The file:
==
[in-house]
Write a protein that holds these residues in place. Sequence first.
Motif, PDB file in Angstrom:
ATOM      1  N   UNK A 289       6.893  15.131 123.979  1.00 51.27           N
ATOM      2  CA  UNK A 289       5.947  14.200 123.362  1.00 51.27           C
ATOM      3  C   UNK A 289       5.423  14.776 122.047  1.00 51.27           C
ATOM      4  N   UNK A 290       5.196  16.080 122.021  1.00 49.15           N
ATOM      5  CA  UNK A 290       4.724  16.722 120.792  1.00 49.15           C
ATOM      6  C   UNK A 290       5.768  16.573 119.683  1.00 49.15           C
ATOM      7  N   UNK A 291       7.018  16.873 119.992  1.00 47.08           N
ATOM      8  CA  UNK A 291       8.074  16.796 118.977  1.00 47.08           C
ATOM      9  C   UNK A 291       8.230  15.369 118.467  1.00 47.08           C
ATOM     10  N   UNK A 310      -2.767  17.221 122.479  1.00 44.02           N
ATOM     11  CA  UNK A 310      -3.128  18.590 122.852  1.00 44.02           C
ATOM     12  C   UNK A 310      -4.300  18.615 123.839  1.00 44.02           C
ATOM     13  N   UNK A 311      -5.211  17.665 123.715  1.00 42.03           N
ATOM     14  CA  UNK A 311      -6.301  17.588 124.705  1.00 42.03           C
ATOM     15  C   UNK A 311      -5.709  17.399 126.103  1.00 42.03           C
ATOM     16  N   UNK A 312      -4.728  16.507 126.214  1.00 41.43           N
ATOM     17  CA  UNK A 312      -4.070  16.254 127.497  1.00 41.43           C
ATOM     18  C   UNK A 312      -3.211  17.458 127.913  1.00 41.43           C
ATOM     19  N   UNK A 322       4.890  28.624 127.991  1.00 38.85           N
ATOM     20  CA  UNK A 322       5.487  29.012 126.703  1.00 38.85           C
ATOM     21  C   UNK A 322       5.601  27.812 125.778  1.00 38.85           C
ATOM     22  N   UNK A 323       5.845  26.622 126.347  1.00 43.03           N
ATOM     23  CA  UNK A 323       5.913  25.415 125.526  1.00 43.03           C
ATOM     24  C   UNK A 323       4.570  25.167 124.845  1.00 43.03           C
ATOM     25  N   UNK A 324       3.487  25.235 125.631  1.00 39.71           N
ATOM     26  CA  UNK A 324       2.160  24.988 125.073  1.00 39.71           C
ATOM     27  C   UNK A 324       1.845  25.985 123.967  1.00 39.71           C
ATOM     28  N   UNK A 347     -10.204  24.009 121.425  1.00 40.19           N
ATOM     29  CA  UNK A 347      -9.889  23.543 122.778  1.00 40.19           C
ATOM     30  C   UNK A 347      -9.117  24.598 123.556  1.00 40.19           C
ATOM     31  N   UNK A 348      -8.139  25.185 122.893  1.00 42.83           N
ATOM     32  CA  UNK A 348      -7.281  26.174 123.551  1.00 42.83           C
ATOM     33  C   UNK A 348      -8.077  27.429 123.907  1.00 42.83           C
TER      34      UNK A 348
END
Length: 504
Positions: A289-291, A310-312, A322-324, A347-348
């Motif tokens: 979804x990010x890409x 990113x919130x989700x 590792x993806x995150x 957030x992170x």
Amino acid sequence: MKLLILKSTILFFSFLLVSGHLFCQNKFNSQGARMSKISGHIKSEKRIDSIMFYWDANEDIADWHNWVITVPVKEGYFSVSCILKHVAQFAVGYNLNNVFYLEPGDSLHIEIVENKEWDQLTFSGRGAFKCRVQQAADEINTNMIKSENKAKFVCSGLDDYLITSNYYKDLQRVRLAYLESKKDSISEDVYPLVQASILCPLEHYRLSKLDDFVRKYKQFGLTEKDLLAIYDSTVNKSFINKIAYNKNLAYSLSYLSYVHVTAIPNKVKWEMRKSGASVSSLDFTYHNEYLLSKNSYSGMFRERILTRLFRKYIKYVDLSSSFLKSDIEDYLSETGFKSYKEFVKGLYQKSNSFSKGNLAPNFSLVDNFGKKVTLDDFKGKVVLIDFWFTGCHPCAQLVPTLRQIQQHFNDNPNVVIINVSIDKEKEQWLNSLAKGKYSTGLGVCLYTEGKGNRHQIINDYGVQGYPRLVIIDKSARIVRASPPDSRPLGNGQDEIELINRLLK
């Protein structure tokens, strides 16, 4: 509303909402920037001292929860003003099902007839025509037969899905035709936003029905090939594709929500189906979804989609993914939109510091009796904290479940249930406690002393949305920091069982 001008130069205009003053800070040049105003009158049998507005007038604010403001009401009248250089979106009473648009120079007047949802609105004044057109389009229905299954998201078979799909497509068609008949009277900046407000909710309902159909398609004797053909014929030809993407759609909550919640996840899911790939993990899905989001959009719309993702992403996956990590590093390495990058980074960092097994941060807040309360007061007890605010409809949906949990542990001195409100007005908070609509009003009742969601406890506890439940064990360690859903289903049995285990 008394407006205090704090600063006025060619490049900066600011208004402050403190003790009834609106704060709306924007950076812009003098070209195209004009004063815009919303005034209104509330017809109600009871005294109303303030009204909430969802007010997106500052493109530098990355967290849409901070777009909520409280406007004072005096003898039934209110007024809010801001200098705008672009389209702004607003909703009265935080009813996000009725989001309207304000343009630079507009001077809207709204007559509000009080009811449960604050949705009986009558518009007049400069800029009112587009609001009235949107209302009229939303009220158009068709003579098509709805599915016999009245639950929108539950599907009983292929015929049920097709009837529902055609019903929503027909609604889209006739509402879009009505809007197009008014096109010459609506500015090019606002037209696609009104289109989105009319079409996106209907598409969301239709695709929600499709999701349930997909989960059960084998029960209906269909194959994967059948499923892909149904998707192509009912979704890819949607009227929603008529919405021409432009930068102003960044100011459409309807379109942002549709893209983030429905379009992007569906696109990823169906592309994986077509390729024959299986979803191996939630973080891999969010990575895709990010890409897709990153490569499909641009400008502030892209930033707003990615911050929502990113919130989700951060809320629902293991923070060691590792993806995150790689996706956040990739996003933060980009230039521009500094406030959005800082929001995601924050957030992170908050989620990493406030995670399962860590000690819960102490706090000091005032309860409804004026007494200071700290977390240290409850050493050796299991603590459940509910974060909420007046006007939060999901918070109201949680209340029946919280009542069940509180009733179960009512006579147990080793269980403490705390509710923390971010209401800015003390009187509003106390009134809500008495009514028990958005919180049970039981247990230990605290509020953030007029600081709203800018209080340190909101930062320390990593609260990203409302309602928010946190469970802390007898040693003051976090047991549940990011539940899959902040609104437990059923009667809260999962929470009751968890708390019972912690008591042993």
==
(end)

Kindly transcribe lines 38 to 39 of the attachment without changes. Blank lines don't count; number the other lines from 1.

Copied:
END
Length: 504